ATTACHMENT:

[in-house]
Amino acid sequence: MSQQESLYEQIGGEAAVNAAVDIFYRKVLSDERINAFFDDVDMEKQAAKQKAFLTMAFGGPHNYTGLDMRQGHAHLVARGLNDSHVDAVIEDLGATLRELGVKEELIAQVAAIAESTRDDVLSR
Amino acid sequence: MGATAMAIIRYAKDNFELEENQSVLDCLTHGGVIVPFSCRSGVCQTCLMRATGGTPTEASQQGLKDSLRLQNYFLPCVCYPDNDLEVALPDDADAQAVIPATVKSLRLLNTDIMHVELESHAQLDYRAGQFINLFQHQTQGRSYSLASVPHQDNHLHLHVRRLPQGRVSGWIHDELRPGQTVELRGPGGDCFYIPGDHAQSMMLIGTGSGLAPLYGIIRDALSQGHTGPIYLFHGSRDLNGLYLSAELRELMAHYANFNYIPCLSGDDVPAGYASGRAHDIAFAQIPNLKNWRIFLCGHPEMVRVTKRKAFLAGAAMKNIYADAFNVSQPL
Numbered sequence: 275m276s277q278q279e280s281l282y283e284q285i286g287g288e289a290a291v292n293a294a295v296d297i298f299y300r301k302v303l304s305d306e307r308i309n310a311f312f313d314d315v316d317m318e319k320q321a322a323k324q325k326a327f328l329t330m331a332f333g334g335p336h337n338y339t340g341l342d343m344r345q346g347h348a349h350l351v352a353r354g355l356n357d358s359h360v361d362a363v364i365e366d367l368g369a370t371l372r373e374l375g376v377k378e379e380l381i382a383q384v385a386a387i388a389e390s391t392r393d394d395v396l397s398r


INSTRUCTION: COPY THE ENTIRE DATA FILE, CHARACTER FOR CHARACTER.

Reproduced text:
[in-house]
Amino acid sequence: MSQQESLYEQIGGEAAVNAAVDIFYRKVLSDERINAFFDDVDMEKQAAKQKAFLTMAFGGPHNYTGLDMRQGHAHLVARGLNDSHVDAVIEDLGATLRELGVKEELIAQVAAIAESTRDDVLSR
Amino acid sequence: MGATAMAIIRYAKDNFELEENQSVLDCLTHGGVIVPFSCRSGVCQTCLMRATGGTPTEASQQGLKDSLRLQNYFLPCVCYPDNDLEVALPDDADAQAVIPATVKSLRLLNTDIMHVELESHAQLDYRAGQFINLFQHQTQGRSYSLASVPHQDNHLHLHVRRLPQGRVSGWIHDELRPGQTVELRGPGGDCFYIPGDHAQSMMLIGTGSGLAPLYGIIRDALSQGHTGPIYLFHGSRDLNGLYLSAELRELMAHYANFNYIPCLSGDDVPAGYASGRAHDIAFAQIPNLKNWRIFLCGHPEMVRVTKRKAFLAGAAMKNIYADAFNVSQPL
Numbered sequence: 275m276s277q278q279e280s281l282y283e284q285i286g287g288e289a290a291v292n293a294a295v296d297i298f299y300r301k302v303l304s305d306e307r308i309n310a311f312f313d314d315v316d317m318e319k320q321a322a323k324q325k326a327f328l329t330m331a332f333g334g335p336h337n338y339t340g341l342d343m344r345q346g347h348a349h350l351v352a353r354g355l356n357d358s359h360v361d362a363v364i365e366d367l368g369a370t371l372r373e374l375g376v377k378e379e380l381i382a383q384v385a386a387i388a389e390s391t392r393d394d395v396l397s398r